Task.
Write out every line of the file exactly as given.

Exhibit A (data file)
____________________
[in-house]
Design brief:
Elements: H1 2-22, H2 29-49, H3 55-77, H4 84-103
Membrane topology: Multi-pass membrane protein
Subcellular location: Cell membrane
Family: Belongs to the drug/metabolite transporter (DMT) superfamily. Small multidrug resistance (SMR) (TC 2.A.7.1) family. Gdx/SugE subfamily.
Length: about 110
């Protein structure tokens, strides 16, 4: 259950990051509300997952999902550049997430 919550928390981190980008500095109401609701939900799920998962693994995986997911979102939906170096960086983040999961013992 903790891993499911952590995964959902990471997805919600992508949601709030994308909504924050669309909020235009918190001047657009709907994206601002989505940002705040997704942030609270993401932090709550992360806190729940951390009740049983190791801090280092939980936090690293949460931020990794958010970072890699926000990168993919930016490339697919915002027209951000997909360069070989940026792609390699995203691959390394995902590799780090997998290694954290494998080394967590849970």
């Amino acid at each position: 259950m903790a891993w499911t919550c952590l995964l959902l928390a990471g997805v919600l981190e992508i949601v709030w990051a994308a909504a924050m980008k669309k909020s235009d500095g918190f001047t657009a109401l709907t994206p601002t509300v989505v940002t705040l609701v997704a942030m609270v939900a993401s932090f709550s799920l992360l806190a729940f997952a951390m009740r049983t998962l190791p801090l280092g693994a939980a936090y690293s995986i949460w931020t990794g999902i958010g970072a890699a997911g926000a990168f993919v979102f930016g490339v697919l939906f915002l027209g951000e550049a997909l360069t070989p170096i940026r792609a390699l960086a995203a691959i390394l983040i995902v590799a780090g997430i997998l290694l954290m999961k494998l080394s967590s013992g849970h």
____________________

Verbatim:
[in-house]
Design brief:
Elements: H1 2-22, H2 29-49, H3 55-77, H4 84-103
Membrane topology: Multi-pass membrane protein
Subcellular location: Cell membrane
Family: Belongs to the drug/metabolite transporter (DMT) superfamily. Small multidrug resistance (SMR) (TC 2.A.7.1) family. Gdx/SugE subfamily.
Length: about 110
């Protein structure tokens, strides 16, 4: 259950990051509300997952999902550049997430 919550928390981190980008500095109401609701939900799920998962693994995986997911979102939906170096960086983040999961013992 903790891993499911952590995964959902990471997805919600992508949601709030994308909504924050669309909020235009918190001047657009709907994206601002989505940002705040997704942030609270993401932090709550992360806190729940951390009740049983190791801090280092939980936090690293949460931020990794958010970072890699926000990168993919930016490339697919915002027209951000997909360069070989940026792609390699995203691959390394995902590799780090997998290694954290494998080394967590849970």
């Amino acid at each position: 259950m903790a891993w499911t919550c952590l995964l959902l928390a990471g997805v919600l981190e992508i949601v709030w990051a994308a909504a924050m980008k669309k909020s235009d500095g918190f001047t657009a109401l709907t994206p601002t509300v989505v940002t705040l609701v997704a942030m609270v939900a993401s932090f709550s799920l992360l806190a729940f997952a951390m009740r049983t998962l190791p801090l280092g693994a939980a936090y690293s995986i949460w931020t990794g999902i958010g970072a890699a997911g926000a990168f993919v979102f930016g490339v697919l939906f915002l027209g951000e550049a997909l360069t070989p170096i940026r792609a390699l960086a995203a691959i390394l983040i995902v590799a780090g997430i997998l290694l954290m999961k494998l080394s967590s013992g849970h």